Moreover, this is an area in which there has been a great deal of research over the last 20–30 years. There are plenty of provably secure protocols (including authenticated Diffie-Hellman key agreement schemes) which could be used for the task addressed in this paper. In particular, the reader is referred to ISO/IEC 11770-3 , which contains a wide variety of authenticated key agreement protocols, all of which have been carefully checked and validated. Also relevant is the book of Boyd and Mathuria  (and the new version to be published in late 2019), which describes a very wide variety of such protocols.
4.2 Other remarks
There are a number of other serious issues with this paper, including the following.
Section 4.1 of the paper  contains a proof of security. The fact that there are serious shortcomings in the protocol is therefore somewhat surprising. However, as we have briefly observed above, the security model underlying the security result does not capture important properties. In addition, on inspection, the proof of the main theorem lacks rigour, which means that there must be doubts about whether the theorem is true.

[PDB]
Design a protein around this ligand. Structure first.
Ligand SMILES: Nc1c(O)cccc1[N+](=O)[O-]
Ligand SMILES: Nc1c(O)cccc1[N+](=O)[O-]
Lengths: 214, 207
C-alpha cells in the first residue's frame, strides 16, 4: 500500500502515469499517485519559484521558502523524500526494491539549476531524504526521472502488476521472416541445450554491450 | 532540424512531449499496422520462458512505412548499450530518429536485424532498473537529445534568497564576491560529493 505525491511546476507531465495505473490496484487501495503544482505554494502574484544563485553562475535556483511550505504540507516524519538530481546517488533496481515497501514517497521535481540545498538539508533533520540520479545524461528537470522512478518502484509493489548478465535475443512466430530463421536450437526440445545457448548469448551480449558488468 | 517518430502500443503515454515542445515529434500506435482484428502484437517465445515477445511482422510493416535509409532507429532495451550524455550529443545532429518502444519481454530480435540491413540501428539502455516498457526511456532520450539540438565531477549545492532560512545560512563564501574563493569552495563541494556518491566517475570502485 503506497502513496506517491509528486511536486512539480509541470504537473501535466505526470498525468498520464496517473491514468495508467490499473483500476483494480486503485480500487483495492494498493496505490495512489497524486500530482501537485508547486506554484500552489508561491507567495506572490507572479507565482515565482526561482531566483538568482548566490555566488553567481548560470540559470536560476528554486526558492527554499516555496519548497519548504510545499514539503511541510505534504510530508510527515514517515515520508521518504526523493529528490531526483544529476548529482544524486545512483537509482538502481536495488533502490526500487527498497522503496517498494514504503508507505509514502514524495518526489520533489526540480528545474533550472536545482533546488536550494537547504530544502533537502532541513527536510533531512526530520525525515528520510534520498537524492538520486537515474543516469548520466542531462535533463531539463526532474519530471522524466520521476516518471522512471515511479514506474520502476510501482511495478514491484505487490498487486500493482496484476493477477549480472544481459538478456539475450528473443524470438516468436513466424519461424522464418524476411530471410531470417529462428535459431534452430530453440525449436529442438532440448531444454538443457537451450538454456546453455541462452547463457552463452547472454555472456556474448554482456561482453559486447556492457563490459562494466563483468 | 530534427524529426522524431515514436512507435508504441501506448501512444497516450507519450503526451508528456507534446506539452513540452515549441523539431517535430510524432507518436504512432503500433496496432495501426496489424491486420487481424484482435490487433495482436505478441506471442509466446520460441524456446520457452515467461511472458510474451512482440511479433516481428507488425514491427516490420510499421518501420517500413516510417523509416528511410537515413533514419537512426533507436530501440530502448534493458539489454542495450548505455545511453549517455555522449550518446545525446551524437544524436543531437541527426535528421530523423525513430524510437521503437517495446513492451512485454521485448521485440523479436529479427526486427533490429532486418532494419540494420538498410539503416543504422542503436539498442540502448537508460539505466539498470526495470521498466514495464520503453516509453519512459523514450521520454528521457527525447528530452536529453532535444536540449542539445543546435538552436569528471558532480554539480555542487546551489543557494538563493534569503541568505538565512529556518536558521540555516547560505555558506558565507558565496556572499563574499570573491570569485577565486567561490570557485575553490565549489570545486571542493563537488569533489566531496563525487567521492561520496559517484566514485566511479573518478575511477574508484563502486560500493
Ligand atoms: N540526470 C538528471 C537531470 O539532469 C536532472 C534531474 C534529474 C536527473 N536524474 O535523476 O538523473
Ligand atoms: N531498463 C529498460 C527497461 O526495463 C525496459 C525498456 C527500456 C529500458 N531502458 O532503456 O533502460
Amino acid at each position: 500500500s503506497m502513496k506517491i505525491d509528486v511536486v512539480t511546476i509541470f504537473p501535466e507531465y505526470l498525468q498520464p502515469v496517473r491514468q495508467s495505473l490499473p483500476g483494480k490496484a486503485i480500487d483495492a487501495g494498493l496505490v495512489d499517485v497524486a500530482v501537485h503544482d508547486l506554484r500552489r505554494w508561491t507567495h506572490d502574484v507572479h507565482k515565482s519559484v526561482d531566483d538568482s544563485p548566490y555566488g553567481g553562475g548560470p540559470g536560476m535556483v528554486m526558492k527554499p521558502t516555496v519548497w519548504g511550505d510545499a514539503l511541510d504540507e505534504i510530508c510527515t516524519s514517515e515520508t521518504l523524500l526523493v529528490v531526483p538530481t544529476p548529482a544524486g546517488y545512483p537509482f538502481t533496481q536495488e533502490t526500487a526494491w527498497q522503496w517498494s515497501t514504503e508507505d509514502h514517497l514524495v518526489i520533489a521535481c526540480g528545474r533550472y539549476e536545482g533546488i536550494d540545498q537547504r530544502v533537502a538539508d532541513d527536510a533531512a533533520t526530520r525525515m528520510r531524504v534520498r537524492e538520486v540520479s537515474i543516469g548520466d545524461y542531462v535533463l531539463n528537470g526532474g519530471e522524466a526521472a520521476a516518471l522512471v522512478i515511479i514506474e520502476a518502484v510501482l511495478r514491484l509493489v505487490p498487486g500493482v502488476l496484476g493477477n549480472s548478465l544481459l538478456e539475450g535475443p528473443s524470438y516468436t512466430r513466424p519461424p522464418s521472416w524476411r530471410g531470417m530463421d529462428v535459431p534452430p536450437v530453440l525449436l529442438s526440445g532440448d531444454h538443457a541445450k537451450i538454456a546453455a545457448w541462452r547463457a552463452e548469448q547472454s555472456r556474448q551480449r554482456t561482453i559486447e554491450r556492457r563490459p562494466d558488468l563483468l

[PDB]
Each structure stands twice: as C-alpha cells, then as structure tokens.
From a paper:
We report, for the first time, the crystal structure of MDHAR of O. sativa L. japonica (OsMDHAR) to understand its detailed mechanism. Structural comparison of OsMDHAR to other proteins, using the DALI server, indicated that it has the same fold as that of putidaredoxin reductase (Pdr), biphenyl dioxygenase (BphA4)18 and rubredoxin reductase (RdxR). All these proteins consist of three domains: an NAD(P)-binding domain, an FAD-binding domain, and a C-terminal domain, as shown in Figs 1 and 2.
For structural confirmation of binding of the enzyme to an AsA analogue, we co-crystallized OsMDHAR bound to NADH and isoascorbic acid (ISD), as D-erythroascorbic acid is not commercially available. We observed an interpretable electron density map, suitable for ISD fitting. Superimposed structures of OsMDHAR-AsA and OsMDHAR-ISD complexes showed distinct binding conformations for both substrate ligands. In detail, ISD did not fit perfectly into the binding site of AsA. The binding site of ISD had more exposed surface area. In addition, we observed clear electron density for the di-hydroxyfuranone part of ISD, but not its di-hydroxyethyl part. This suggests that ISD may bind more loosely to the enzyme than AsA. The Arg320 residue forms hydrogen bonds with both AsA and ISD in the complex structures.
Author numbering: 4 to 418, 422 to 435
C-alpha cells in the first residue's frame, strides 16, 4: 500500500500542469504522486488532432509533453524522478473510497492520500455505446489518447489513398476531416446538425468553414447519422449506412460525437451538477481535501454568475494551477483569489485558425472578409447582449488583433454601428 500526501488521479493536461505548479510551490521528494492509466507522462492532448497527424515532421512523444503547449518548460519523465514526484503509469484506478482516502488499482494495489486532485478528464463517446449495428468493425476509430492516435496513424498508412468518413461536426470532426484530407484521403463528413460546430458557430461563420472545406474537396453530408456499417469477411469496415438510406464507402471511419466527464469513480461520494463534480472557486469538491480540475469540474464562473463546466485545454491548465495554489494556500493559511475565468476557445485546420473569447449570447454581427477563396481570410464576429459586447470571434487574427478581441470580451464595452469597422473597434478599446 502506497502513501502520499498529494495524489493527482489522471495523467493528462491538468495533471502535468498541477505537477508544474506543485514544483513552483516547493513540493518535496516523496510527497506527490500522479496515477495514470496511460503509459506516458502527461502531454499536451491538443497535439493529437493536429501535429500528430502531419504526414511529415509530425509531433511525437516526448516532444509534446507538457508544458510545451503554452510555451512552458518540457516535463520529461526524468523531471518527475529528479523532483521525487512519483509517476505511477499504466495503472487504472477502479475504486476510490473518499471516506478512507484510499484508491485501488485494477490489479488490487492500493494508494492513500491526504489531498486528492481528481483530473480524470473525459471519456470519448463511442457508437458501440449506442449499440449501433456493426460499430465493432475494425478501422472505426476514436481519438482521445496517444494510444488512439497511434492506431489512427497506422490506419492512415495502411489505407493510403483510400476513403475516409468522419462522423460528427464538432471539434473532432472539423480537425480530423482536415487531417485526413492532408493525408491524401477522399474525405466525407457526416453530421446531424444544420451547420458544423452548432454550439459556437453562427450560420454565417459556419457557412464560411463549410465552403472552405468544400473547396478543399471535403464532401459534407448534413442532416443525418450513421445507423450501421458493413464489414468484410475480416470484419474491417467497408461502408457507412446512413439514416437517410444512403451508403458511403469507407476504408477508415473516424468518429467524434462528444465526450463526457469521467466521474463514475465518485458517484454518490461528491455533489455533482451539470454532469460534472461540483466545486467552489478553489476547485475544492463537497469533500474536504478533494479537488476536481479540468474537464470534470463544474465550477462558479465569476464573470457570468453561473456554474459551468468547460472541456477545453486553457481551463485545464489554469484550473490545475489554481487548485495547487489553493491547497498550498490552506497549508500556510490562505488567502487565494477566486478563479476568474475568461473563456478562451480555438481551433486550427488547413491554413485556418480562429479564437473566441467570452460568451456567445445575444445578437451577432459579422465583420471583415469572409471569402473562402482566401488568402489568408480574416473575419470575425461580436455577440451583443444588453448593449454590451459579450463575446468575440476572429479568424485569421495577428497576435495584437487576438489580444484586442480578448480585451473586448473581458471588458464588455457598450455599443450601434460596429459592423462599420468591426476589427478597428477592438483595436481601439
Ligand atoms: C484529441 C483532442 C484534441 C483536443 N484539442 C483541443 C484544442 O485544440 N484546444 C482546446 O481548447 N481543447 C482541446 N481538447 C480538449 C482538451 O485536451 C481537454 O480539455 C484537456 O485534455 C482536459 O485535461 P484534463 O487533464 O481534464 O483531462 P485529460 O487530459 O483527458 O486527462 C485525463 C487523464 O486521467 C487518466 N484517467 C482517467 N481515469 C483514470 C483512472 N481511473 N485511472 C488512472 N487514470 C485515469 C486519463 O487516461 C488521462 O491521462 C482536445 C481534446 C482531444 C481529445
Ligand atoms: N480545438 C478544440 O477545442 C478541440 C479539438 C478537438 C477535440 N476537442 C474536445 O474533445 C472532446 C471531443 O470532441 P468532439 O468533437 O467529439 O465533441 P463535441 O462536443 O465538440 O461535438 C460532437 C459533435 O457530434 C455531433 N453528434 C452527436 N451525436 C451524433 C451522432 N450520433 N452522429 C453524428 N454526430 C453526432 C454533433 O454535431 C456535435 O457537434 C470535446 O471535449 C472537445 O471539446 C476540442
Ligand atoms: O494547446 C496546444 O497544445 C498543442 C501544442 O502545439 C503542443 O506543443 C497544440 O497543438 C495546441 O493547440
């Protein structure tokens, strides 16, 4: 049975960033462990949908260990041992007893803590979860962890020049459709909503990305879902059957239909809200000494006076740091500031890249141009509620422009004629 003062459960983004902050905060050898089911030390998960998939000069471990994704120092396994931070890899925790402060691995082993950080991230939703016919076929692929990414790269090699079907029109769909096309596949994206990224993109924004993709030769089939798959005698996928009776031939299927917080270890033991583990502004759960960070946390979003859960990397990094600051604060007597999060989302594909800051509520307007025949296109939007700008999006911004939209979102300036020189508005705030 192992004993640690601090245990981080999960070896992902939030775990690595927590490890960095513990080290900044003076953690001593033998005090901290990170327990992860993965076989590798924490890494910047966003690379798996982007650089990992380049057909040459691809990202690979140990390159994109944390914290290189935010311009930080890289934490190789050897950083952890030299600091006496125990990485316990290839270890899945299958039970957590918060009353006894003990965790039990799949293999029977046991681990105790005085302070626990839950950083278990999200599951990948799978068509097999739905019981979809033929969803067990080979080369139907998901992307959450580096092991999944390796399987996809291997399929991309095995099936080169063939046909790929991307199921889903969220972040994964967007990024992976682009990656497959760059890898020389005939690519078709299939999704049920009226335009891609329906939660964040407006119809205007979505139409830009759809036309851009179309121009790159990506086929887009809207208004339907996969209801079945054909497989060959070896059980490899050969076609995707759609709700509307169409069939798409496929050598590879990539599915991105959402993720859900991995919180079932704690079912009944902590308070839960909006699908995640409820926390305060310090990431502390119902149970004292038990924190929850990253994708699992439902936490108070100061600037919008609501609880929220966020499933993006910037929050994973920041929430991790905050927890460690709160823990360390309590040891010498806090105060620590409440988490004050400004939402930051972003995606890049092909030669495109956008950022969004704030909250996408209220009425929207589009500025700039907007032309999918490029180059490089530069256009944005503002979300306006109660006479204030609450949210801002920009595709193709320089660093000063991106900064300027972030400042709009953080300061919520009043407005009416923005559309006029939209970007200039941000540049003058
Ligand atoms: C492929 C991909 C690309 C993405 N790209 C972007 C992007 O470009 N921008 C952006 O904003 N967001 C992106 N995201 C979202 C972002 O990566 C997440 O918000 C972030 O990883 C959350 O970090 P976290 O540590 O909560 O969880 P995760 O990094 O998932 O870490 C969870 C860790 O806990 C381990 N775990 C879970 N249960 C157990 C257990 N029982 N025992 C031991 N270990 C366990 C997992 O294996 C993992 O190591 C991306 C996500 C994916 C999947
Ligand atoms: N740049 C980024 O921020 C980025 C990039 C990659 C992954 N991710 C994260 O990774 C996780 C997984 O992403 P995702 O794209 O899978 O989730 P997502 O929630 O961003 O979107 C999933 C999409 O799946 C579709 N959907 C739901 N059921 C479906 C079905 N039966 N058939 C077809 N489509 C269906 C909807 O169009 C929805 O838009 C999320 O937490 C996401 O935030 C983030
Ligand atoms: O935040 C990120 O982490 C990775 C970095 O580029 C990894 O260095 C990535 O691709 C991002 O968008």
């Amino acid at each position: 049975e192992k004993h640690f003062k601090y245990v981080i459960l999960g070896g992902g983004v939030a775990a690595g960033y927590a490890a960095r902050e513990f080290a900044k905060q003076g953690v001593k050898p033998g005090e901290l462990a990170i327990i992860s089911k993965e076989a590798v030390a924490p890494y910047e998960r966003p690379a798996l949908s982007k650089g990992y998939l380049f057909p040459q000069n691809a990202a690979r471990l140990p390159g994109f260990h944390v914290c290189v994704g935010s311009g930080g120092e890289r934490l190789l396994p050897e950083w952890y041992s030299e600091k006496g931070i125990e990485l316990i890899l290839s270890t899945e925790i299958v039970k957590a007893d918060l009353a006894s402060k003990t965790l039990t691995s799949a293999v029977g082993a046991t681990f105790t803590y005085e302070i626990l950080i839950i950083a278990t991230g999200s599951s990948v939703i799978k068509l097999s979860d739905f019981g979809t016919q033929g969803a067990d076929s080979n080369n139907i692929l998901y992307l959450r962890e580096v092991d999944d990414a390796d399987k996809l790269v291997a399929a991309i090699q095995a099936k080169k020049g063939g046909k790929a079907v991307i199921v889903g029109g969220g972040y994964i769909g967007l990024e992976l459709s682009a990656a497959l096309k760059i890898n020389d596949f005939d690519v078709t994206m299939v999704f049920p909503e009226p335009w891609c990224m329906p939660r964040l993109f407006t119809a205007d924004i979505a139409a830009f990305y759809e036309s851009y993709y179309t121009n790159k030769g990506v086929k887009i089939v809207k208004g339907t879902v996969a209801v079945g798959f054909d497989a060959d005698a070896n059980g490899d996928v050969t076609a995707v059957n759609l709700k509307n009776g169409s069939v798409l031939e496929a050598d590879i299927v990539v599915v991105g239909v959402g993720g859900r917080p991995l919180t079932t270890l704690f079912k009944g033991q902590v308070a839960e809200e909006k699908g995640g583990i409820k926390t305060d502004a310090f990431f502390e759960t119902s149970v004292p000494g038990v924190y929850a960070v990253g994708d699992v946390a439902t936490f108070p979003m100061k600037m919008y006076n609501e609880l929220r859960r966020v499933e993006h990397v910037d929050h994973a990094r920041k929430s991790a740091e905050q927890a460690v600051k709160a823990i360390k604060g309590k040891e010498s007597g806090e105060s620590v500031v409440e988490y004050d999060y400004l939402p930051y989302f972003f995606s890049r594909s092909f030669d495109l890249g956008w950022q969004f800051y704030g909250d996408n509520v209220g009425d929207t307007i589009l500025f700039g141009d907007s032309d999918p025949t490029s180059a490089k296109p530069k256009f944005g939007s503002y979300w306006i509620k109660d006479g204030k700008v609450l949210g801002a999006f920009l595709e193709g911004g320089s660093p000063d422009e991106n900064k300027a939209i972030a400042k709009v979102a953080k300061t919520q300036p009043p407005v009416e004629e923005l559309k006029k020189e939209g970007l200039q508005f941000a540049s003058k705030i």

There are many problems with the exposition. For example, there is confusion between the size of the underlying finite field and the number of points on the elliptic curve — is used for both quantities.
Finally, although designed for lightweight sensors, the protocol requires all parties to have securely synchronised clocks and also the ability to generate high quality random numbers. These are potentially unrealistic requirements for very lightweight devices.
-  C. A. Boyd and A. Mathuria. Protocols for key establishment and authentication. Springer-Verlag, 2003.
-  International Organization for Standardization, Genève, Switzerland. ISO/IEC 11770-3:2015, Information technology — Security techniques — Key management — Part 3: Mechanisms using asymmetric techniques, 3rd edition, August 2015.
-  M. E. S. Saeed, Q.-Y. Liu, G. Y. Tian, B. Gao, and F. Li. AKAIoTs: authenticated key agreement for Internet of Things. Wireless Networks, 25:3081–3101, 2019.